6. Marco Fontani

    Oh $deity, this brings back memories of writing an AT command parser… argh

    1. Robert E A Harvey

      For reasons you don't want to know, I once wrote an AT command parser in the script language for the procomm plus terminal emulator.

      Just 'cos Turing said it was possible, didn't mean he said it would be easy.

  7. Winkypop Silver badge


    Once saw a child 'use' an old phone by simply pressing on the numbers painted within the dial.

    Nothing happened of course.

    They had no idea that you had to rotate the dial.

    Ahhh, I remember pulse dialing very well.

  8. DropBear Silver badge

    ...Of course, if we go even 'older-school', we could make a mobile phone with no dial at all, only a hand crank to alert the operator to accept a verbal switching request. Actually, that might be even simpler to make - just hook it up the whatever button activates Siri / Cortana / Google Now.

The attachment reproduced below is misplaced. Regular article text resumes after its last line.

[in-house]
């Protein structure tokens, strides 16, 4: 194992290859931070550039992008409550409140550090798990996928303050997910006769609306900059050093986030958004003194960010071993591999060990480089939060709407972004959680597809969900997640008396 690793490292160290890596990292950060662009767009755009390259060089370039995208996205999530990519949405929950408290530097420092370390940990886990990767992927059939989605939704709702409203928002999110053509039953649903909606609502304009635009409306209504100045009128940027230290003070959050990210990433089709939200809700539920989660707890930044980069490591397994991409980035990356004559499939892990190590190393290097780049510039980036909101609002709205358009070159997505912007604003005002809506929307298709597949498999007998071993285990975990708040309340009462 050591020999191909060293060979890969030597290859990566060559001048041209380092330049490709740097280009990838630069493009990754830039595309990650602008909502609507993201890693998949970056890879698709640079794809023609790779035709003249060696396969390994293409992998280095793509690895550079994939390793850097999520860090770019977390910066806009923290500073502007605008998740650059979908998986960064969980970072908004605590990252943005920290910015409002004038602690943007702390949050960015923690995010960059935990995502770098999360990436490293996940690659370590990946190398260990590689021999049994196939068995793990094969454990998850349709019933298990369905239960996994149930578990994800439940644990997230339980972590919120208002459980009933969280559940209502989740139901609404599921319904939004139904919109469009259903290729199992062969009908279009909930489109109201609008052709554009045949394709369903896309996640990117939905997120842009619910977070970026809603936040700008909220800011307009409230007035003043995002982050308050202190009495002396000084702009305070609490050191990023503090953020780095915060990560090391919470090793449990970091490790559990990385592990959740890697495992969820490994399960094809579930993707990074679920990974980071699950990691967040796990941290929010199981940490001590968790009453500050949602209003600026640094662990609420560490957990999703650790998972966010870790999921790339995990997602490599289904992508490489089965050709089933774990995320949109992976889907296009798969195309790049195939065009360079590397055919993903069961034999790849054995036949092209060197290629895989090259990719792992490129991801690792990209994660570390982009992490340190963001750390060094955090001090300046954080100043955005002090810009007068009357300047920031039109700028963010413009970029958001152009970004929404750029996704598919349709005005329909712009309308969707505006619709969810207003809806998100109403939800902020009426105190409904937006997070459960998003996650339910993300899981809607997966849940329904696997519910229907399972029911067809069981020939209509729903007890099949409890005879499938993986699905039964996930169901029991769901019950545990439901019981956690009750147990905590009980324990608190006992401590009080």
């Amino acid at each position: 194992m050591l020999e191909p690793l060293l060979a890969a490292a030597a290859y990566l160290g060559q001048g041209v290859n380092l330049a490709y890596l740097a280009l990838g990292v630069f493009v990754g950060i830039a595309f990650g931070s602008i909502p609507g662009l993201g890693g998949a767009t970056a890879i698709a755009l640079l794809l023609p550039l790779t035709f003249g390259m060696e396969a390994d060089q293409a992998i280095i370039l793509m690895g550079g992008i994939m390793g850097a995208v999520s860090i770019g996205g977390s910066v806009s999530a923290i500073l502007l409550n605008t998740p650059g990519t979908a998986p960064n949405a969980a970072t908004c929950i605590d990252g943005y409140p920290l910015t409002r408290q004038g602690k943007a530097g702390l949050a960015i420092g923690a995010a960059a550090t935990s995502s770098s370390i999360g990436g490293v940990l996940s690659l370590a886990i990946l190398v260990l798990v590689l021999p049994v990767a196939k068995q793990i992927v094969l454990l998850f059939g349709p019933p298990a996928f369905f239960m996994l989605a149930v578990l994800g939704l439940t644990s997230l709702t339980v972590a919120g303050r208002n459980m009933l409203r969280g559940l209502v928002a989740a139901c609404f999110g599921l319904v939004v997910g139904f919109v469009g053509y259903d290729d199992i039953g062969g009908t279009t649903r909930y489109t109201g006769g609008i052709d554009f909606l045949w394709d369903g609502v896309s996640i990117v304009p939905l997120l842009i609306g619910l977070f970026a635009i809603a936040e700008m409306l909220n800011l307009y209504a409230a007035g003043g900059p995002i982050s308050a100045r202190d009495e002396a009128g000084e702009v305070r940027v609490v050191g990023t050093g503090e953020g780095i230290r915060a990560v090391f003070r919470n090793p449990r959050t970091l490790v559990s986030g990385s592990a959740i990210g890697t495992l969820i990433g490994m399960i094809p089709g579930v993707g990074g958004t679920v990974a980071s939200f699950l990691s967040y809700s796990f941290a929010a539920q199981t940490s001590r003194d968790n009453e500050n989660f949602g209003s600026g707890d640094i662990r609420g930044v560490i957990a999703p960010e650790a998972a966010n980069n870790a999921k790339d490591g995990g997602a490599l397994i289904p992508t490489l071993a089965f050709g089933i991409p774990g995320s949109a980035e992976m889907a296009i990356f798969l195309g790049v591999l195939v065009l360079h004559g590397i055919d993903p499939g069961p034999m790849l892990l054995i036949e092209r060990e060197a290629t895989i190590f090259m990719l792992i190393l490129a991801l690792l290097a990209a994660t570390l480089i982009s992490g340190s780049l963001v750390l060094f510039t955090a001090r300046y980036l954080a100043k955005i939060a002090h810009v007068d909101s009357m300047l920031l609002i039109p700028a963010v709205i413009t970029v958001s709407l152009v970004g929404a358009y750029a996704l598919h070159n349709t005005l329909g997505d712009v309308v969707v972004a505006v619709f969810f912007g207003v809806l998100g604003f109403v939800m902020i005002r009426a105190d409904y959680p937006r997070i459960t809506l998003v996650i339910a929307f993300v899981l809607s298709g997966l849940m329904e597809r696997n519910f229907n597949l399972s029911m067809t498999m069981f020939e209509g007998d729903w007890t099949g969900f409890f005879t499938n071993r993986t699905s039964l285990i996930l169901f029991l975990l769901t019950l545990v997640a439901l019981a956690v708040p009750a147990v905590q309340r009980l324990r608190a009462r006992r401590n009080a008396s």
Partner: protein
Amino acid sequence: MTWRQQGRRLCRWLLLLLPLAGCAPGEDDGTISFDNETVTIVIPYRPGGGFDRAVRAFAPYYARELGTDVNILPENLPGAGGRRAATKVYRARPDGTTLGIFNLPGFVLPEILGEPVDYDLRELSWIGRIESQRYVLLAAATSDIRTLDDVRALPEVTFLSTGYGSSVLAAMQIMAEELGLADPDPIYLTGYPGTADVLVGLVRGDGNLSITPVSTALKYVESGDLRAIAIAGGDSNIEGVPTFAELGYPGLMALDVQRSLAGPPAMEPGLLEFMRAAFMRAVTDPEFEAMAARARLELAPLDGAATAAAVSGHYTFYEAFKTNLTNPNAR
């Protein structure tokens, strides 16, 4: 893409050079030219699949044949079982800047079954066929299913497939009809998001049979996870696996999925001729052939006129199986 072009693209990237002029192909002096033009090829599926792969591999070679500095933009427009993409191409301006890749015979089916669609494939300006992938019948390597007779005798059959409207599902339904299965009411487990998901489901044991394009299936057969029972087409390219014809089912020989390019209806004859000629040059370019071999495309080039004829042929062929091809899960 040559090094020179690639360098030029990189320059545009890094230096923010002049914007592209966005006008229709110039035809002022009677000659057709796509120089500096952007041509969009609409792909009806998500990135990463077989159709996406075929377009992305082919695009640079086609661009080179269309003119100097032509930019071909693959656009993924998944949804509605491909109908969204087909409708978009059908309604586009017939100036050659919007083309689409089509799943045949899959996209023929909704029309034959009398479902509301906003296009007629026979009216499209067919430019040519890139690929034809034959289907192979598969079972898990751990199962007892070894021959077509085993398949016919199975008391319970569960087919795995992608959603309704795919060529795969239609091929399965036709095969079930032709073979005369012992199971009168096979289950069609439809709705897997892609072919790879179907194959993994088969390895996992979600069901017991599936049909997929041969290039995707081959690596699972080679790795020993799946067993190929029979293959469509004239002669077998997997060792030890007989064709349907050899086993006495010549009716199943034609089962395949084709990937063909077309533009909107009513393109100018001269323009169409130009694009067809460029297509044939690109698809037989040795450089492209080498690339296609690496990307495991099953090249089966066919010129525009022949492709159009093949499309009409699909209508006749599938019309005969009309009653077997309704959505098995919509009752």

9. JLH

    Dialling 999

    Anyone remember the instructions on how to dial 999 in the dark?

    Put index and middle finger into the last two holes on the dial.

    Remove middle finger and then that is in the '9' hole.

    Have I got that right?

    1. PhilipN Silver badge

      Re: Dialling 999

      Yup, and the third finger nestled on the other side of the... of the ..... that silver crescent moon-shaped bracket which stopped your finger going too far when dialling. Must be a technical name for the bloody thing

      1. Tuesday Is Soylent Green Day

        Re: Dialling 999

        I believe the technical term is ha'moonmetallicodigihalter.

      2. Flip

        Re: Dialling 999

        According to this document, it is called a "Finger Stop". ITT Repair Manual

      3. David 45

        Re: Dialling 999

        Er, speaking as an ex-BT engineer........try "Finger-stop" !!!

        1. John Brown (no body) Silver badge

          Re: Dialling 999

          "Finger Stop"